You can’t make this stuff up

Few stories can be told about the New Jersey Legislature that can compete with the one about Assemblyman Silvio J. Failla of Hudson County, who was in his first term in Trenton when he was murdered by a pimp and a prostitute outside a bar in Neptune. At 62-years-old, Failla had an fine resume for a legislator: he studied to be a pharmacist at Columbia University, went to law school, and then became an undertaker. He spent twenty years as the Executive Director of the New Jersey Funeral Home Directors Association, eleven years on the Hoboken Board of Education, and in 1965, six weeks as the Mayor of Hoboken.

Failla was elected to the State Assembly in 1971, winning a district that strongly resembles today's 33rd district. His running mate was the legendary Christopher Jackman, a labor leader from West New York who would later become Assembly Speaker and State Senator. On Failla's first day in Trenton, three Hudson County Democrats joined with the GOP minority to elect Republican Tom Kean as Speaker. Failla was one of the three Hudson Democrats to stick with his party and back Howard Woodson for the post.

On Thursday, September 16, 1972, Failla had been playing golf in North Jersey and was planning to spend the night at his summer home in Spring Lake. About four miles from home, he stopped for a drink at Big Bill's Bar in Neptune, where he met Deborah Dell, a prostitute from New York City. Around 10:50 PM, an area resident heard what she believed to be firecracker noises, followed by the cries that may have been Failla's last words: "Help me."

When Neptune police arrived, Failla was still alive. Shot at least four times with a small-caliber handgun, he had staggered a short distance and police followed blood stains to find the Assemblyman in the bushes. He lost consciousness in the ambulance and was declared dead at 11:-5 PM. He was identified when police found his car — with Assembly license plates that carried the gold state seal — near the bar.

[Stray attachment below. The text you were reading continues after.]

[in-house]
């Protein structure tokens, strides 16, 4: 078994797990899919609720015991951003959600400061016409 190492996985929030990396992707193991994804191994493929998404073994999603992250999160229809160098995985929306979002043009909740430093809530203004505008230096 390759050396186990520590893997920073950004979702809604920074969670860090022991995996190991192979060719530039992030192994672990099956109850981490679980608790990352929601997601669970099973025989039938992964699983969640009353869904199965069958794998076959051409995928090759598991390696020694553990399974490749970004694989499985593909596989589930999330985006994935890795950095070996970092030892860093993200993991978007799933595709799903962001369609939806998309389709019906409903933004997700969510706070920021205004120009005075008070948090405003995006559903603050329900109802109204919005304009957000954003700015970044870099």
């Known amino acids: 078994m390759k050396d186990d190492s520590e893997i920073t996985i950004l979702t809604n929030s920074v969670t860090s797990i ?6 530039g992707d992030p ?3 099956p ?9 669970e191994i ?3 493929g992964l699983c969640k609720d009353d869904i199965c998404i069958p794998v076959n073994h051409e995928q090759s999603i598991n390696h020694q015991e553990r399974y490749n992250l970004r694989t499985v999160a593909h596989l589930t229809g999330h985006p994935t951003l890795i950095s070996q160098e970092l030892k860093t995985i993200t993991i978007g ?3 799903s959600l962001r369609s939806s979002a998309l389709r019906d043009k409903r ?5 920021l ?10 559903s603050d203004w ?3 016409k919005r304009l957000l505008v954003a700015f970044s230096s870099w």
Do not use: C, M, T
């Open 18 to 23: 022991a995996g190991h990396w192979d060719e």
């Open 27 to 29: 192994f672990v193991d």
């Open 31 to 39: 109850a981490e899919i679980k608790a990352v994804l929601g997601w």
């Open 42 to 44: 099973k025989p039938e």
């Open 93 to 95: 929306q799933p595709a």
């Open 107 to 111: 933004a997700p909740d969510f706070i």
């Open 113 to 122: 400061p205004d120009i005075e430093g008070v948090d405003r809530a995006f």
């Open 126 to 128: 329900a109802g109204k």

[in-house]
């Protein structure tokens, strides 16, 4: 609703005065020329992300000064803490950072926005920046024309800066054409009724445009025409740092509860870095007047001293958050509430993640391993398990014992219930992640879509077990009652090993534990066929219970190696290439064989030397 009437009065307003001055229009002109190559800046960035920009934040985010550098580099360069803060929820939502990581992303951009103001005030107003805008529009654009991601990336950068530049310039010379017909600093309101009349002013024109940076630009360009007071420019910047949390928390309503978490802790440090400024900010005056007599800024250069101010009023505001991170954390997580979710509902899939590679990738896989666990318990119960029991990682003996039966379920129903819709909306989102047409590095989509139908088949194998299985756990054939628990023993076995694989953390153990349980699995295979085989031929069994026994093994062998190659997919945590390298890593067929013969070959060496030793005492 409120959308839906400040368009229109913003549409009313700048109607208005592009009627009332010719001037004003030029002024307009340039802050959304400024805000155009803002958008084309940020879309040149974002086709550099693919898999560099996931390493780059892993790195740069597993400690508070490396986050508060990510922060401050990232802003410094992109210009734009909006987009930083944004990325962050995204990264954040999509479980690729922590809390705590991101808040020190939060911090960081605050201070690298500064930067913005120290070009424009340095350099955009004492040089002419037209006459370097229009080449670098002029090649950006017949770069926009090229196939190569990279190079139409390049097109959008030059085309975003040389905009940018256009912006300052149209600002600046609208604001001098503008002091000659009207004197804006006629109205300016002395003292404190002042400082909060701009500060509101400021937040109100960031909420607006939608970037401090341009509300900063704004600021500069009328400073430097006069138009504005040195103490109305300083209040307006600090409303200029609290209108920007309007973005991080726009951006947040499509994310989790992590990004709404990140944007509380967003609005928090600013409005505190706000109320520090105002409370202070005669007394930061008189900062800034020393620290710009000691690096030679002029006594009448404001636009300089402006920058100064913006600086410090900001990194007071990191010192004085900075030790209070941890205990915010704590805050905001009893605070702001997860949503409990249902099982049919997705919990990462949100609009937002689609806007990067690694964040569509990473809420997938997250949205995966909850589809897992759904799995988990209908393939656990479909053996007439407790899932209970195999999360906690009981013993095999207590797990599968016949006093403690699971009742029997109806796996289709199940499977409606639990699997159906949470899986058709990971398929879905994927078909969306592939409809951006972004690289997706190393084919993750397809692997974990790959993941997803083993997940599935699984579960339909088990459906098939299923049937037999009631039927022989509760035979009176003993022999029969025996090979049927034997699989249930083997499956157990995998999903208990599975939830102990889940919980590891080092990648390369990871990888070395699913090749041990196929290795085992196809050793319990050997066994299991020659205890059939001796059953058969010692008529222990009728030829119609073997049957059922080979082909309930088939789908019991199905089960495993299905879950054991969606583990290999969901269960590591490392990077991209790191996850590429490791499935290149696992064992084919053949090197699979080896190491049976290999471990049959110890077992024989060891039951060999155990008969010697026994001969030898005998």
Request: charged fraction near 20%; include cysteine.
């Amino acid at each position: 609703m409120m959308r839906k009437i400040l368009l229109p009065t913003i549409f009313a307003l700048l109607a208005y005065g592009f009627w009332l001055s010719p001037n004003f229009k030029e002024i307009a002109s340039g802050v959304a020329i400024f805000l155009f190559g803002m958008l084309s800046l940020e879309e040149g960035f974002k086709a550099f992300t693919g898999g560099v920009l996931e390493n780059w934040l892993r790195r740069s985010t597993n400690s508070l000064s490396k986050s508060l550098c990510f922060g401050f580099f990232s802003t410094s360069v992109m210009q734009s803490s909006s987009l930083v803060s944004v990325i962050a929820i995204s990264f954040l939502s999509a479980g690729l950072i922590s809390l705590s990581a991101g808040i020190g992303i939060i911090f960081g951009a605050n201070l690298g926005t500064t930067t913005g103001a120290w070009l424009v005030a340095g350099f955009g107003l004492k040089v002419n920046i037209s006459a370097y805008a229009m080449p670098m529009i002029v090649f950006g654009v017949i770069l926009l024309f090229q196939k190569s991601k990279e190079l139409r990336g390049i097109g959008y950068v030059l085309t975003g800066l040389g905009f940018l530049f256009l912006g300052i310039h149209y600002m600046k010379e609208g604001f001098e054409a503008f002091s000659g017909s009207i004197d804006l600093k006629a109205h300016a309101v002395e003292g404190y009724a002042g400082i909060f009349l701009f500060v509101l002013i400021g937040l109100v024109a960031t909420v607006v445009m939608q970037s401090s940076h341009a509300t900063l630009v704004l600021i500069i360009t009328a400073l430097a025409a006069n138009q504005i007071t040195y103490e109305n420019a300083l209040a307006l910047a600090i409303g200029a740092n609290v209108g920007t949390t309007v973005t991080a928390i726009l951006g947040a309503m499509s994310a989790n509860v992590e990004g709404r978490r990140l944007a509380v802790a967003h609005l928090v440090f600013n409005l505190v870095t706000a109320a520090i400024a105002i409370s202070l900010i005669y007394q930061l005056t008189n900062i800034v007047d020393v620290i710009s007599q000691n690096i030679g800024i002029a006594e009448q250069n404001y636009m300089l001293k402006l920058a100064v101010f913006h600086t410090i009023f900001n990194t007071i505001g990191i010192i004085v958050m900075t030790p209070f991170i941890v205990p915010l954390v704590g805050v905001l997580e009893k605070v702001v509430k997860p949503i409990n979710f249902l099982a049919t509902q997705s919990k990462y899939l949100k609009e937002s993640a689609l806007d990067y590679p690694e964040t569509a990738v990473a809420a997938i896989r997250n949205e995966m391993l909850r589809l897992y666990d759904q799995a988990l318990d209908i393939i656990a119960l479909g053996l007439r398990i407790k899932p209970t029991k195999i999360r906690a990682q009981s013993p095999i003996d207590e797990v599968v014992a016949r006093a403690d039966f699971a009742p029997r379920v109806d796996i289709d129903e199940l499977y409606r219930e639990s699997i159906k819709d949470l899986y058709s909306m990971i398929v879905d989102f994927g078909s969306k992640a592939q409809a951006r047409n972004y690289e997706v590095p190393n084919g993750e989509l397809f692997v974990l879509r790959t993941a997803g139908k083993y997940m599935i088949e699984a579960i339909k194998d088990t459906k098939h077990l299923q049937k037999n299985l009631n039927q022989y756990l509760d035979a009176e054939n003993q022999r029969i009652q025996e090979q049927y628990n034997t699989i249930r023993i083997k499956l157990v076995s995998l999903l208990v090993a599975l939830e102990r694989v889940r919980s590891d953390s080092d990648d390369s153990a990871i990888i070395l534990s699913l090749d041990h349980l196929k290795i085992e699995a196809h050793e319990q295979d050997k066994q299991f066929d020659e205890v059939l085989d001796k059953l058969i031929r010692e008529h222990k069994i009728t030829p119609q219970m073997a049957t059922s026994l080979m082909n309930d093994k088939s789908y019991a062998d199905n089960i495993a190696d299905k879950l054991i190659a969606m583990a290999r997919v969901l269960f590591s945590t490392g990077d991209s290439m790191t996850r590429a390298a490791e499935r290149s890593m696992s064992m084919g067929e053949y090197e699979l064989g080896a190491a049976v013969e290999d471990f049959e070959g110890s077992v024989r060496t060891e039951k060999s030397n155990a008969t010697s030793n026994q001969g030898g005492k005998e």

Police believed robbery was the motive: Failla's wallet and watch were missing. The night of Failla's murder, the Neptune Police Chief said there were few clues. Law enforcement officials set up a 30-member task force to find Failla's killer, and after a stakeout of a Harlem apartment on October 11, arrested Dell, a 22-year-old prostitute, and Theophus King Webster, her 26-year-old pimp.

The following July, Dell and Webster were convicted of first-degree murder and sentenced to life in prison. A witness, Webster's 19-year-old brother, testified that he saw Failla and Dell leave the bar together and then heard shots. The 5'7, 205 lb. Dell said that she left the bar with Failla and then left him. She denied any role in Failla's murder, saying she met up with Webster later at a local hamburger stand and they returned to New York later that evening. Dell was originally released from prison after serving fifteen years of her life sentence, but returned a few times for parole violations. She has been out of custody since April 1997. Webster, who was convicted of drug and weapons possession after his arrest, has been out of custody since March 1991. You can’t make this stuff up